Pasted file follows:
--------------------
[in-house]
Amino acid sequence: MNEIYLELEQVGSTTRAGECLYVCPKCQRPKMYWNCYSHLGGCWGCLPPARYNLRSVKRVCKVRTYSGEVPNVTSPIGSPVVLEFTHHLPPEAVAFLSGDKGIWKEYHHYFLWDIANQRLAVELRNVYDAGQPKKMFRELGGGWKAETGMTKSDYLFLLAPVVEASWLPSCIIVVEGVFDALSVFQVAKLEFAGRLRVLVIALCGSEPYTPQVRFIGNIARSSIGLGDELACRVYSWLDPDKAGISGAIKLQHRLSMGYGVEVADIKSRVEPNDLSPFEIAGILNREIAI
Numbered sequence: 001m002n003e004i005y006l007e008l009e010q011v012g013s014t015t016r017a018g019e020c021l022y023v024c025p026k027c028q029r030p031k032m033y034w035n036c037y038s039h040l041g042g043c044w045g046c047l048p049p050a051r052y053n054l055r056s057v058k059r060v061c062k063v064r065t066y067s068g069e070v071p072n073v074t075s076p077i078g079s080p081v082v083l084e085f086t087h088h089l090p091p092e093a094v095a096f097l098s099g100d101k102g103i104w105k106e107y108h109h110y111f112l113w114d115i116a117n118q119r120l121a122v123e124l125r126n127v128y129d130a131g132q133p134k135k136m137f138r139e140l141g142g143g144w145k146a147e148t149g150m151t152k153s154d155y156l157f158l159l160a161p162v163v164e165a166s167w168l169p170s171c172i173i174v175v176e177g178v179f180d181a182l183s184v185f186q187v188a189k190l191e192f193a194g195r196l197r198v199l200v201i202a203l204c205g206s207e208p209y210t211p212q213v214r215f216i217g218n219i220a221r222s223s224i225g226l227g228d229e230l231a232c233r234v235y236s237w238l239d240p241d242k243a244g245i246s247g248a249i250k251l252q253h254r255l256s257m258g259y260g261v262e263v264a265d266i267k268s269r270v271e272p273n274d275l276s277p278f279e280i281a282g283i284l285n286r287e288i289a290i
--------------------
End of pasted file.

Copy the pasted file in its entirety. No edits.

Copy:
[in-house]
Amino acid sequence: MNEIYLELEQVGSTTRAGECLYVCPKCQRPKMYWNCYSHLGGCWGCLPPARYNLRSVKRVCKVRTYSGEVPNVTSPIGSPVVLEFTHHLPPEAVAFLSGDKGIWKEYHHYFLWDIANQRLAVELRNVYDAGQPKKMFRELGGGWKAETGMTKSDYLFLLAPVVEASWLPSCIIVVEGVFDALSVFQVAKLEFAGRLRVLVIALCGSEPYTPQVRFIGNIARSSIGLGDELACRVYSWLDPDKAGISGAIKLQHRLSMGYGVEVADIKSRVEPNDLSPFEIAGILNREIAI
Numbered sequence: 001m002n003e004i005y006l007e008l009e010q011v012g013s014t015t016r017a018g019e020c021l022y023v024c025p026k027c028q029r030p031k032m033y034w035n036c037y038s039h040l041g042g043c044w045g046c047l048p049p050a051r052y053n054l055r056s057v058k059r060v061c062k063v064r065t066y067s068g069e070v071p072n073v074t075s076p077i078g079s080p081v082v083l084e085f086t087h088h089l090p091p092e093a094v095a096f097l098s099g100d101k102g103i104w105k106e107y108h109h110y111f112l113w114d115i116a117n118q119r120l121a122v123e124l125r126n127v128y129d130a131g132q133p134k135k136m137f138r139e140l141g142g143g144w145k146a147e148t149g150m151t152k153s154d155y156l157f158l159l160a161p162v163v164e165a166s167w168l169p170s171c172i173i174v175v176e177g178v179f180d181a182l183s184v185f186q187v188a189k190l191e192f193a194g195r196l197r198v199l200v201i202a203l204c205g206s207e208p209y210t211p212q213v214r215f216i217g218n219i220a221r222s223s224i225g226l227g228d229e230l231a232c233r234v235y236s237w238l239d240p241d242k243a244g245i246s247g248a249i250k251l252q253h254r255l256s257m258g259y260g261v262e263v264a265d266i267k268s269r270v271e272p273n274d275l276s277p278f279e280i281a282g283i284l285n286r287e288i289a290i